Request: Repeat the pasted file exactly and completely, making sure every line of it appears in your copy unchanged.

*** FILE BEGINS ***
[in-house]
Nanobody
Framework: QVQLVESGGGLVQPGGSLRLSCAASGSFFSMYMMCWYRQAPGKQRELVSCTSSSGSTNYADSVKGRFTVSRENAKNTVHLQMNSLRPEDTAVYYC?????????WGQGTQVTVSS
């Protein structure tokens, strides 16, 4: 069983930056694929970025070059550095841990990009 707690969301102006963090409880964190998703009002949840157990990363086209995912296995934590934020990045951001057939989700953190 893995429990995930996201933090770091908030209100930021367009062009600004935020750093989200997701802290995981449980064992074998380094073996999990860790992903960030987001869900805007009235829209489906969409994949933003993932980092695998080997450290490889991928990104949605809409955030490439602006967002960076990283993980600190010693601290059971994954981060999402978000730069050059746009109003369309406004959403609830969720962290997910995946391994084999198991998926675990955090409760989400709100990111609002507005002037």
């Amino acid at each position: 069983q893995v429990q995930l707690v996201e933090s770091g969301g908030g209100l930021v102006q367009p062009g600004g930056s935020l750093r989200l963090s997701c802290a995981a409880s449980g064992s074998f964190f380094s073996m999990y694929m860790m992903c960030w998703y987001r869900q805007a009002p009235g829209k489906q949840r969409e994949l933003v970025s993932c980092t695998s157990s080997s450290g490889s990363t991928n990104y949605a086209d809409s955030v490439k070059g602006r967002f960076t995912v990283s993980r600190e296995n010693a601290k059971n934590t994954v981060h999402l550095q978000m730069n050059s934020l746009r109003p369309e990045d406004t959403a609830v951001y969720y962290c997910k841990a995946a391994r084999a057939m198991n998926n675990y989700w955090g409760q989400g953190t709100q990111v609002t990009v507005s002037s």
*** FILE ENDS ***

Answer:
[in-house]
Nanobody
Framework: QVQLVESGGGLVQPGGSLRLSCAASGSFFSMYMMCWYRQAPGKQRELVSCTSSSGSTNYADSVKGRFTVSRENAKNTVHLQMNSLRPEDTAVYYC?????????WGQGTQVTVSS
């Protein structure tokens, strides 16, 4: 069983930056694929970025070059550095841990990009 707690969301102006963090409880964190998703009002949840157990990363086209995912296995934590934020990045951001057939989700953190 893995429990995930996201933090770091908030209100930021367009062009600004935020750093989200997701802290995981449980064992074998380094073996999990860790992903960030987001869900805007009235829209489906969409994949933003993932980092695998080997450290490889991928990104949605809409955030490439602006967002960076990283993980600190010693601290059971994954981060999402978000730069050059746009109003369309406004959403609830969720962290997910995946391994084999198991998926675990955090409760989400709100990111609002507005002037």
């Amino acid at each position: 069983q893995v429990q995930l707690v996201e933090s770091g969301g908030g209100l930021v102006q367009p062009g600004g930056s935020l750093r989200l963090s997701c802290a995981a409880s449980g064992s074998f964190f380094s073996m999990y694929m860790m992903c960030w998703y987001r869900q805007a009002p009235g829209k489906q949840r969409e994949l933003v970025s993932c980092t695998s157990s080997s450290g490889s990363t991928n990104y949605a086209d809409s955030v490439k070059g602006r967002f960076t995912v990283s993980r600190e296995n010693a601290k059971n934590t994954v981060h999402l550095q978000m730069n050059s934020l746009r109003p369309e990045d406004t959403a609830v951001y969720y962290c997910k841990a995946a391994r084999a057939m198991n998926n675990y989700w955090g409760q989400g953190t709100q990111v609002t990009v507005s002037s």